Last year, I shadowed an FP around her rural clinic. It was very educational and I'm willing to bet that I've forgotten more from her than I learned from medical school so far. ;-)
A lot of the most educational bits did not necessarily come from my interaction with her; rather, they came from my interactions with her patients. I can remember one in particular, when I was reading about "Woo" on Respectful Insolence. This lady came in for a routine checkup and she brought up the subject of frequent urinary tract infections.
"I've been doing a little research online..." she said.
Little red lights and alarms started going off in my head. Bweep bweep bweep! This is probably going to be something a little wacky... prepare yourself!
"And I started taking supplements of D-mannose. My urinary tract infections disappeared soon after that!"
Here's the simplified process of the urinary tract infection. Bacteria from the environment gets up into the ureter through the urethra. This is more common in women than men because guys have longer urethras (hehehehe... I'm still immature and I need to giggle a bit at that thought.) So male "hoses" are a protective mechanism preventing bacterial infection. One type of bacteria that normally infects the ureters is E. coli. No, not the nasty ones that people die from that cause bloody diarrhea and death... just your plain jane bacterial buddies that hang out in everyone's gut. The female anatomy is not well suited to prevent the bacterial transfer from anus to urethra... and that's a reason why female hygiene is so important!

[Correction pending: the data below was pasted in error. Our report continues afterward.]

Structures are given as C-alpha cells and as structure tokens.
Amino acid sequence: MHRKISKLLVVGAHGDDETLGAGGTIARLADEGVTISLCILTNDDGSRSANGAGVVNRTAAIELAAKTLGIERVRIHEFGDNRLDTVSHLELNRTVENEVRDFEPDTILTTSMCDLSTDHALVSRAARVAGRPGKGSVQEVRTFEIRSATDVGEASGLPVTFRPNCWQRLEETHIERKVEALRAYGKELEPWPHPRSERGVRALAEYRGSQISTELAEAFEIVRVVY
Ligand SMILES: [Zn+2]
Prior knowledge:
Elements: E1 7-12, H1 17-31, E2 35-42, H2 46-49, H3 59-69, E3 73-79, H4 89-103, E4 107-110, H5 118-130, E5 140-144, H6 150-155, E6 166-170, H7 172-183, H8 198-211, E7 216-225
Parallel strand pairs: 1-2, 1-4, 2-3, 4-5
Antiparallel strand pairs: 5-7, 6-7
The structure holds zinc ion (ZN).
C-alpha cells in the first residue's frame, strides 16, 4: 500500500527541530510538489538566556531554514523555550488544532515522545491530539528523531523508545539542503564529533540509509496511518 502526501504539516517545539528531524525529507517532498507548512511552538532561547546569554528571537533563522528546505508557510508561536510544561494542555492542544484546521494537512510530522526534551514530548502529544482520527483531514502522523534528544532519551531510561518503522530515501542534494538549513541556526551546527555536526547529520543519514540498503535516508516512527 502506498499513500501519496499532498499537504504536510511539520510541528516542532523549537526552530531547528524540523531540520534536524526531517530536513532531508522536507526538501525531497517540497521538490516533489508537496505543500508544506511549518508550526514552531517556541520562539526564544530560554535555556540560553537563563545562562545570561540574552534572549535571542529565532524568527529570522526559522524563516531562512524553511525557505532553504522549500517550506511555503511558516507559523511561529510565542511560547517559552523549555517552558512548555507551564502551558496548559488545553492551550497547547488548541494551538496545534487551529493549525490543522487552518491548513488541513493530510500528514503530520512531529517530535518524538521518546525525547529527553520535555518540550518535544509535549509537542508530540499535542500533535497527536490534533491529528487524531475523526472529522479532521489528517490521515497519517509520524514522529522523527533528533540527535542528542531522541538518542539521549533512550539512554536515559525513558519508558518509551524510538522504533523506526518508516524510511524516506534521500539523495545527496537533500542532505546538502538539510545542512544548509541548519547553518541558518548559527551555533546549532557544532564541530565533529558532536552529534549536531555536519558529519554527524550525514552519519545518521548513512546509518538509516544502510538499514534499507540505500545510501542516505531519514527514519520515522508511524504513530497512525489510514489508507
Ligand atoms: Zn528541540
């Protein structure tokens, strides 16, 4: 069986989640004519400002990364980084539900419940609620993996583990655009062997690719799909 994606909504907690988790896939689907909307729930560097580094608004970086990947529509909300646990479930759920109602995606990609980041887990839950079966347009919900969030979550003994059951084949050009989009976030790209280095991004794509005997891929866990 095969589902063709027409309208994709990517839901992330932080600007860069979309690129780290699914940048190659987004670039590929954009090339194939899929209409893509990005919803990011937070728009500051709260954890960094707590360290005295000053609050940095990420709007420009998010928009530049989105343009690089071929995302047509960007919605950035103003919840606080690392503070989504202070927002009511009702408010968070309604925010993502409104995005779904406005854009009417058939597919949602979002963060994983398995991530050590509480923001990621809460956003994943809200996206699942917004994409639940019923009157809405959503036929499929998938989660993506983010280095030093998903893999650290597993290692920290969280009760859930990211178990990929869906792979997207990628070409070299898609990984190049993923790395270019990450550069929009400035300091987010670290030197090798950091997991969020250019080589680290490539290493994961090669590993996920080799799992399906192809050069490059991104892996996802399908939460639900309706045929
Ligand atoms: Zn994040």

E. coli can only fasten onto human cells if it has the right proteins and sugars to use as grippers. Special strains of E. coli with grippers aka type I pili that can bind mannose can climb more easily into the urethra from their old hangout spots. They get to relax and stretch out in their new home... but the body doesn't like it too much and that causes pain, redness and frequent urination.
Anyway, I wanted to talk about D-mannose. So, the lady hands the FP a small little packet that she printed out on these supplements. Without so much of a glance, the FP takes it and tosses it on her chaotic nest called a desk. I look at it and notice that the website is buyalternativemedicines.com or something like that and I think nothing of it. Obviously, my FP didn't think it was anything worth mentioning to me... but I had wanted to learn more about it.
Does D-mannose turn the urinary tract into a sudden slip and slide for the E. coli bugs and wash them out? I tried to do a search on the efficacy of D-mannose pills on PubMed, but my uber-search skills were limited last year.
What does this have to do with cranberry juice? Well, cranberries are chockful of indigestible sugars like D-mannose!
Yesterday, I revisited the cranberry, D-mannose, UTI connection that I had previously dismissed and I was pleasantly surprised to find that there have been some studies done that have shown minor improvements in the prevention of UTI with cranberry juice and cranberry pills. However, I personally think that better awareness and hygiene would be a better alternative to drinking nasty stuff like cranberry juice. Yuck! It's a bit too bitter for my taste. Apparently, those E. coli think the same way.
Jepson, R.G. Cranberries for preventing urinary tract infections. Cochrane Database Syst Rev. 2004;(1):CD001321.
P.S. I put up a brief version of my findings on Wikipedia under mannose.
P.P.S. [edit 9/12/06]
According to Biotech Weblog, here's a few more things tha cranberry juice can do because of the tannins in the drink as well:
* They change the shape of the bacteria from rods to spheres.
* They alter their cell membranes.
* They make it difficult for bacteria to make contact with cells, or from latching on to them should they get close enough.
Wow! Sometimes its the simple stuff that I find most surprising in my learning of medicine.